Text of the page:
Michigan Election and Campaign Law Changes

January 7, 2016

The Michigan Legislature approved and Governor Snyder just signed into law significant reforms to the Michigan Election Law and the Michigan Campaign Finance Act. The following is a short summary of the changes provided for in Senate Bill 13 and Senate Bill 571.

Elimination of Straight-Ticket Voting (SB 13)

Senate Bill 13 (Public Act 268 of 2015) amends the Michigan Election Law, removing provisions that allow voters to cast straight ticket or split ticket ballots during general elections. In partisan elections, ballot labels are now prohibited from allowing electors to vote for all of the candidates of one party by a single selection. Voters must now select the candidate of their choice for each individual office. An appropriation was added to this legislation, so it may not be challenged by referendum.

Campaign Finance Reform (SB 571)

Senate Bill 571 (Public Act 269 of 2015) amends the Michigan Campaign Finance Act with a number of changes, including the following:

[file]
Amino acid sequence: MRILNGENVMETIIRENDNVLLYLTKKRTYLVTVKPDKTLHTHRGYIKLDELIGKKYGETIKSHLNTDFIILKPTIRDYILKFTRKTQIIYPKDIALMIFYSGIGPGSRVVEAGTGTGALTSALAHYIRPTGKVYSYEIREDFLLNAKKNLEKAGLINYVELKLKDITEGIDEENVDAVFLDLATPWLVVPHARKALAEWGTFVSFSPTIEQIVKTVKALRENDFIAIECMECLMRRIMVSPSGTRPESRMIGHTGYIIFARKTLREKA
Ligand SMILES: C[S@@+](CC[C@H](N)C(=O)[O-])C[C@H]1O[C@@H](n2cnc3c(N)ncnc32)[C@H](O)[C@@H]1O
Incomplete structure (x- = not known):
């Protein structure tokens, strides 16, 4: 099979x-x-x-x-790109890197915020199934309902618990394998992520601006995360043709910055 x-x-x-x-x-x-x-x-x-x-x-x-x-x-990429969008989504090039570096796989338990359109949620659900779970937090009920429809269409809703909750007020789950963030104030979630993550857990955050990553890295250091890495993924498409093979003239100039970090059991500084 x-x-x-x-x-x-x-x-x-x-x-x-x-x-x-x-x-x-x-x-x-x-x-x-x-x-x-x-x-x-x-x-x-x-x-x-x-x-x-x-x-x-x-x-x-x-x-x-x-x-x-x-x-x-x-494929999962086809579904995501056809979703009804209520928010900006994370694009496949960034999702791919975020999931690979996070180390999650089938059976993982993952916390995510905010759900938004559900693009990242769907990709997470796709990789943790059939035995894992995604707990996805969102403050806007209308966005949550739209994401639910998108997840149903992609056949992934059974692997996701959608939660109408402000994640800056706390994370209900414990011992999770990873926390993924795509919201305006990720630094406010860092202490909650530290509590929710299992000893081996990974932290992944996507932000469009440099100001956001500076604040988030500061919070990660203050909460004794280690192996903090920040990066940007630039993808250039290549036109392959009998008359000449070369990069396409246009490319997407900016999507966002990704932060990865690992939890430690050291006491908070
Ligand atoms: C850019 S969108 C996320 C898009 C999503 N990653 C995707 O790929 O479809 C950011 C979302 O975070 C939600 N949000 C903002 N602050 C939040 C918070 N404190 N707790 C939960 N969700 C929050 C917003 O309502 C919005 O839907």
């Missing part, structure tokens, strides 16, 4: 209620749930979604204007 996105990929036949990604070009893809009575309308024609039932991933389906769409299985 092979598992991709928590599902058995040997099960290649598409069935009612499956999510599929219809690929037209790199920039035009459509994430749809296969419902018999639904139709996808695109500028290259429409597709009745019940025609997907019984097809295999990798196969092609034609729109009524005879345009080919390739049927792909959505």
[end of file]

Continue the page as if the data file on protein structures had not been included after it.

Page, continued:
• “Co-mingling” reform: a corporation may direct contributions into its general fund for later transmission into the corporation’s PAC.
  • Employees who wish to contribute to a company’s PAC no longer need to “opt-in” to that contribution on an annual basis.
  • Corporations with a PAC are not permitted to administer the PAC of their employees’ labor unions through the corporation’s payroll system.
  • Public bodies (including school districts, local governments, and their representatives) may not use public funds to distribute information about local ballot proposals 60 days before the proposal appears on the ballot. The prohibition applies to the dissemination of any information, which is a change from the prior ban on express advocacy only. This was a very controversial piece of the law change and Governor Snyder, in signing the law, asked for further reform on this issue.
  • The February filing deadline for PACs is eliminated.
  • PACs must now file an annual report.
  • Robo-calls do not need to include a disclaimer (the words “authorized by” or “not authorized by”), but must identify who is funding the call and provide contact information.
  • Candidates may use contributions to pay down debts from previous election cycles.

This document is not intended to provide a comprehensive analysis of all applicable laws or to respond to a particular question about these reforms. For complete political compliance advice or to ask a specific question, please contact W. Alan Wilk at 517-374-9122 or, or the Dykema Political Compliance Team.

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